The village of Sadni Bata, situated in Gujarat (northern India), is so remote that it takes over an hour to reach from the nearest town. Many of the inhabitants have never seen a doctor before, and they lack access to basic healthcare services.
With 80% of the Indian population (of over 1 billion people) without any insurance protection from health risks, providing affordable healthcare in India for the financially vulnerable is an enormous task.
In October 2019 we visited a health camp in Sadni Bata organised by Uplift Mutuals, the Mumbai-based pioneer of a community-owned health microinsurance programme, for Uplift's policyholders/members who reside in the village.
In this short video, we interviewed three local leaders to discover the true impact the health camp is having to the low-income villagers of Sadni Bata.
Mr Kamleshbhai Bhikhubhai Bagul Sarpanch, a local village leader, said: “We are really remote due to the mountainous terrain here so the provision of the health camp is really valuable… I hope you will continue to provide services to our village.”
Uplift Mutuals has partnered with the Anarde Foundation (an NGO working to empower poor communities in rural Gujarat) to deliver the health camp.
Anarde Foundation leader, Chetan Bhai, explains how Uplift's health camps are organised and run in the village of Sadni Bata. “The first thing we do is inform all villagers about the health camp two to three days before it is due to take place. All of Uplift’s members work on farms so we arrange the timings of the camp around this.”
Mr Chetan Bhai continues: “We have two doctors with us, Dr Shivraj and Dr Swati. Men and children will go to Dr Shivraj and women will go to Dr Swati… The doctors will prescribe whatever medication the member needs.”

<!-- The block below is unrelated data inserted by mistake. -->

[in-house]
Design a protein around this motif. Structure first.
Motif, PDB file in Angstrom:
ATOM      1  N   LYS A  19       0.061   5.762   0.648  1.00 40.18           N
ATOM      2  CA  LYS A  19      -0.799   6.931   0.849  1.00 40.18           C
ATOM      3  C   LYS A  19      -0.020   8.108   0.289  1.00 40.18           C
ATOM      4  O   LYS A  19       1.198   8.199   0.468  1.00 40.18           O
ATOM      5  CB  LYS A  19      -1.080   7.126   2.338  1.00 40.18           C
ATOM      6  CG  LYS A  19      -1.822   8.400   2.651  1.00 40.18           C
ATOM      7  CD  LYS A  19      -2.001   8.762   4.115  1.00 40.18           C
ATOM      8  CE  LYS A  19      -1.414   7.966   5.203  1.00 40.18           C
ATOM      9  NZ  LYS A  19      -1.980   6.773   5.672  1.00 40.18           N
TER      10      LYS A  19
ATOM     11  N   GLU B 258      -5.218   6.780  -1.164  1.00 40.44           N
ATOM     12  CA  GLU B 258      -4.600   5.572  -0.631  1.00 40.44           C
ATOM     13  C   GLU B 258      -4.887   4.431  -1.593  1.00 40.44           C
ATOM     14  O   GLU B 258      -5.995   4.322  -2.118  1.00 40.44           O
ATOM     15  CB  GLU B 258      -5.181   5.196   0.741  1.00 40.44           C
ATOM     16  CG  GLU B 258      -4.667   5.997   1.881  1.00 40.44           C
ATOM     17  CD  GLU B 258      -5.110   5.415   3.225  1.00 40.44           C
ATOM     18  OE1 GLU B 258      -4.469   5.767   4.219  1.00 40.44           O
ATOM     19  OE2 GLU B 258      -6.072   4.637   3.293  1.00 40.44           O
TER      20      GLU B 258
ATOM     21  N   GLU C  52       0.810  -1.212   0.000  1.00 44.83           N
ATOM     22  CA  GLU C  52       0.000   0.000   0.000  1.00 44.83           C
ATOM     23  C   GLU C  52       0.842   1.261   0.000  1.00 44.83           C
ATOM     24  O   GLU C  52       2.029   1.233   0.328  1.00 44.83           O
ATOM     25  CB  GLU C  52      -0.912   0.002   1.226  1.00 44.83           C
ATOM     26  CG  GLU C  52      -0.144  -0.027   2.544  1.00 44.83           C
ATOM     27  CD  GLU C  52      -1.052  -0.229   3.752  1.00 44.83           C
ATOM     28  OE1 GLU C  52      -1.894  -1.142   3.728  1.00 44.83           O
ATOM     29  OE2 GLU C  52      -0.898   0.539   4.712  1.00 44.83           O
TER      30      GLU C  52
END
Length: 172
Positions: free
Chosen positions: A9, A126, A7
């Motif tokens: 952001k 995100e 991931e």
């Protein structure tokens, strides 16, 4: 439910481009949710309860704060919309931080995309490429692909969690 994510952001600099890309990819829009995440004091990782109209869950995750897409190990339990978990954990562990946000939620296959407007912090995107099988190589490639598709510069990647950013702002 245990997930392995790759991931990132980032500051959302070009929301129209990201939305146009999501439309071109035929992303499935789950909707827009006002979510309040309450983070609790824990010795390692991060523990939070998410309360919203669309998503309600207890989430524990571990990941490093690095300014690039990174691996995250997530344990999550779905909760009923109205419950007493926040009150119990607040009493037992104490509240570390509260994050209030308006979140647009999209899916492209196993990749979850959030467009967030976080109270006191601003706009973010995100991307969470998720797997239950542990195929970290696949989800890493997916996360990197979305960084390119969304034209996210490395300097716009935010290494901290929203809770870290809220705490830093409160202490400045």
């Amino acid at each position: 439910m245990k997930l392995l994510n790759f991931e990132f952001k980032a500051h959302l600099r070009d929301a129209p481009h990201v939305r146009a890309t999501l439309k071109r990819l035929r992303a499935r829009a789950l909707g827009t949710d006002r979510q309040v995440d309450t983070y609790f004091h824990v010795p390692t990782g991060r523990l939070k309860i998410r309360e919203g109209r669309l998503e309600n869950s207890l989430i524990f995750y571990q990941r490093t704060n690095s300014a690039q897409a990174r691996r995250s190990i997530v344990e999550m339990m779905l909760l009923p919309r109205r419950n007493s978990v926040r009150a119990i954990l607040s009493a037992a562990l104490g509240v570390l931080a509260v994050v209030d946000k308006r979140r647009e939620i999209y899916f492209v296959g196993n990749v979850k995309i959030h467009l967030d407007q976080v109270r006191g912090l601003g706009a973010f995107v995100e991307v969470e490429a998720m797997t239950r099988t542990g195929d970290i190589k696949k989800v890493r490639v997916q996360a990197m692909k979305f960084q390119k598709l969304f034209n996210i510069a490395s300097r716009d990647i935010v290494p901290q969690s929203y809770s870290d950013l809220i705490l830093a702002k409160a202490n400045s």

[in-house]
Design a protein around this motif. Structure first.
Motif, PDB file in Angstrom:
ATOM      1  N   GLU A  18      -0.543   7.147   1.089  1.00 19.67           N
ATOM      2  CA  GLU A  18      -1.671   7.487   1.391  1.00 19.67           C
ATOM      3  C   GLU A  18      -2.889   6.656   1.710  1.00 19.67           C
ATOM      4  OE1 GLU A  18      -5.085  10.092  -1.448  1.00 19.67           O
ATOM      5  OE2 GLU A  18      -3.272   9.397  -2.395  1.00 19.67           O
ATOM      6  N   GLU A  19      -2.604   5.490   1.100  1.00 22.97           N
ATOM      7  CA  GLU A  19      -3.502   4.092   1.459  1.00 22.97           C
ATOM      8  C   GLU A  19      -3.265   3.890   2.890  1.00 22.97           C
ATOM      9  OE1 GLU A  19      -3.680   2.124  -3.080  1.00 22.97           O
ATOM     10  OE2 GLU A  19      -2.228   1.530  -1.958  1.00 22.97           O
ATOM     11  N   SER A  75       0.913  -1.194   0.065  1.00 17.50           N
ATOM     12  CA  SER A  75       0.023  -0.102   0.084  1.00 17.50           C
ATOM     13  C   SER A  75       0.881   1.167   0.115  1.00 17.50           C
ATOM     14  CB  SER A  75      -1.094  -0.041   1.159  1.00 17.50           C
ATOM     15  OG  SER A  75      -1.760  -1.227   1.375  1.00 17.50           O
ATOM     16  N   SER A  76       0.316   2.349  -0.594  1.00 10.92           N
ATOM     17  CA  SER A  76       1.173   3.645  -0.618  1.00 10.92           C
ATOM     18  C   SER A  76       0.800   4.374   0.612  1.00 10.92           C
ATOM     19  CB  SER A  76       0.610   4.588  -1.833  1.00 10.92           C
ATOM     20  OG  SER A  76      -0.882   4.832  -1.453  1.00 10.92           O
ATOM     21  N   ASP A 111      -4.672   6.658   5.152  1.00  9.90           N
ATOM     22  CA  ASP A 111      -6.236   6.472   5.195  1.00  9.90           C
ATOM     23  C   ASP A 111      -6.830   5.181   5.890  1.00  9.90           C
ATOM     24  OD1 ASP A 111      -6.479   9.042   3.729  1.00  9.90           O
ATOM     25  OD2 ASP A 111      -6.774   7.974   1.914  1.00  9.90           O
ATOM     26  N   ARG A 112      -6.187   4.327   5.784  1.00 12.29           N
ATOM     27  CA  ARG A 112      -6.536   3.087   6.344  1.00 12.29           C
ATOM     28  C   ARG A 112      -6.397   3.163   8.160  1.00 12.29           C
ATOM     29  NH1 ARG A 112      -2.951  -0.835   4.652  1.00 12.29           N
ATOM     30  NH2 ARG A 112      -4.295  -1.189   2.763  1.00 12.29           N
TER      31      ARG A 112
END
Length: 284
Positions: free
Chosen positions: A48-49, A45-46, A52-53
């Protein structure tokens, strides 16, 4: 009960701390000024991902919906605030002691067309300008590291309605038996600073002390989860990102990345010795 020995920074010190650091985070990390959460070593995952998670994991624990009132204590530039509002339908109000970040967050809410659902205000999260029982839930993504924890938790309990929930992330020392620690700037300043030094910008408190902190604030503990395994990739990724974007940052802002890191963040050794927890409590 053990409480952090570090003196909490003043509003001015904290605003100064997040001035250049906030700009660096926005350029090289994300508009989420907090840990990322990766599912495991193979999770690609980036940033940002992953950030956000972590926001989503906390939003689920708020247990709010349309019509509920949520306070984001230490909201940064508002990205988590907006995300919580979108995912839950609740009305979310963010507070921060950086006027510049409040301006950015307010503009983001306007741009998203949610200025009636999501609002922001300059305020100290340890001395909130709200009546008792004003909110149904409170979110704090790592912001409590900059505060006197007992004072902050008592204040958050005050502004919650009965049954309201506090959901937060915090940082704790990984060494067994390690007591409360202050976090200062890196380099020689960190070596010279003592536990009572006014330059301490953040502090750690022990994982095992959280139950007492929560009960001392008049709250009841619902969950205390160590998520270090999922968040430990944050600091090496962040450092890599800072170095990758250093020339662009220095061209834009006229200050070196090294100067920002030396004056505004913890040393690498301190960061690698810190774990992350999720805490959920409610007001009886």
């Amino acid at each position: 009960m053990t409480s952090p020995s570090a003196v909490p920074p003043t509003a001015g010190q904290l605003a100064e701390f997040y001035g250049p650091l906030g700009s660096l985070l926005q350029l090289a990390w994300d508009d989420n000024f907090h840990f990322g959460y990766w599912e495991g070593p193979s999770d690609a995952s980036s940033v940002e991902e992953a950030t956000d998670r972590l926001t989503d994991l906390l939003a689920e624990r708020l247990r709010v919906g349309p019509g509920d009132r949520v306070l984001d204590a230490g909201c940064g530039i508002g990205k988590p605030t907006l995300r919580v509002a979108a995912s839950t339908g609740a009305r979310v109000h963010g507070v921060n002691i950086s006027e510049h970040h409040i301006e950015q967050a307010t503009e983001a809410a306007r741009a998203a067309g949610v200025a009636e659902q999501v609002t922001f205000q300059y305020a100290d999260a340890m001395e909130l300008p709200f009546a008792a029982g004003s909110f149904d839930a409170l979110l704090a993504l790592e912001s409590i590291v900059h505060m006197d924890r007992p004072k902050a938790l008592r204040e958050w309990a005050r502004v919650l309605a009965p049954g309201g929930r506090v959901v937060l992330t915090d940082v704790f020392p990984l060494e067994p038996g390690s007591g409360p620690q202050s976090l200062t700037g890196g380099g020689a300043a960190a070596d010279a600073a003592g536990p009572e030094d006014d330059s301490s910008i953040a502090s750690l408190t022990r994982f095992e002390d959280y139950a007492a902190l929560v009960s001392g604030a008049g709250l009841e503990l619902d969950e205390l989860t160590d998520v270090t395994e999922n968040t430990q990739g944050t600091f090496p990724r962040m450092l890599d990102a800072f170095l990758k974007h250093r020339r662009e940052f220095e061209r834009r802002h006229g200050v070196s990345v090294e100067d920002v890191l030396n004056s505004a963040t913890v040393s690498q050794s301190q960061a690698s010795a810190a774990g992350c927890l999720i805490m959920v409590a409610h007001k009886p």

Dr Shivraj and Dr Swati were the first two doctors the majority of the villagers had come into contact with.
Visiting an Uplift Mutuals health camp in rural Gujarat (India)
Established in 2004, Uplift Mutuals has developed an entirely community-owned health risk model to reduce out-of-pocket expenses for its members. In addition to affordable health insurance, Uplift's members also have access to health camps with specialist doctors, discounted medicines, network service hospitals, and a 24x7 helpline.
The ICMIF Foundation is partnering with Uplift Mutuals to cover an additional 200,000 households from low-income communities (those who earn around USD 2-6 per day) with healthcare microinsurance over the next five years. The project with Uplift commenced in August 2016 and is being supported by Canadian cooperative insurer, The Co-operators, who have partnered with Uplift to provide both financial and technical assistance to this project.
This partnership is part of the ICMIF 5-5-5 Mutual Microinsurance Strategy which is a five year project based in five emerging market countries (Colombia, India, Kenya, the Philippines and Sri Lanka) and aims to provide 5 million households with insurance cover for the first time to reduce their risk of poverty. The intended beneficiaries of the 5-5-5 reside in poor communities, and the ultimate objective is to build long-term resilient and insurable populations. The governance of the 5-5-5 is overseen by the ICMIF Foundation, a registered charity in England and Wales formed by ICMIF in 2015. The 5-5-5 also specifically targets at least five of the United Nations Sustainable Development Goals (SDGs).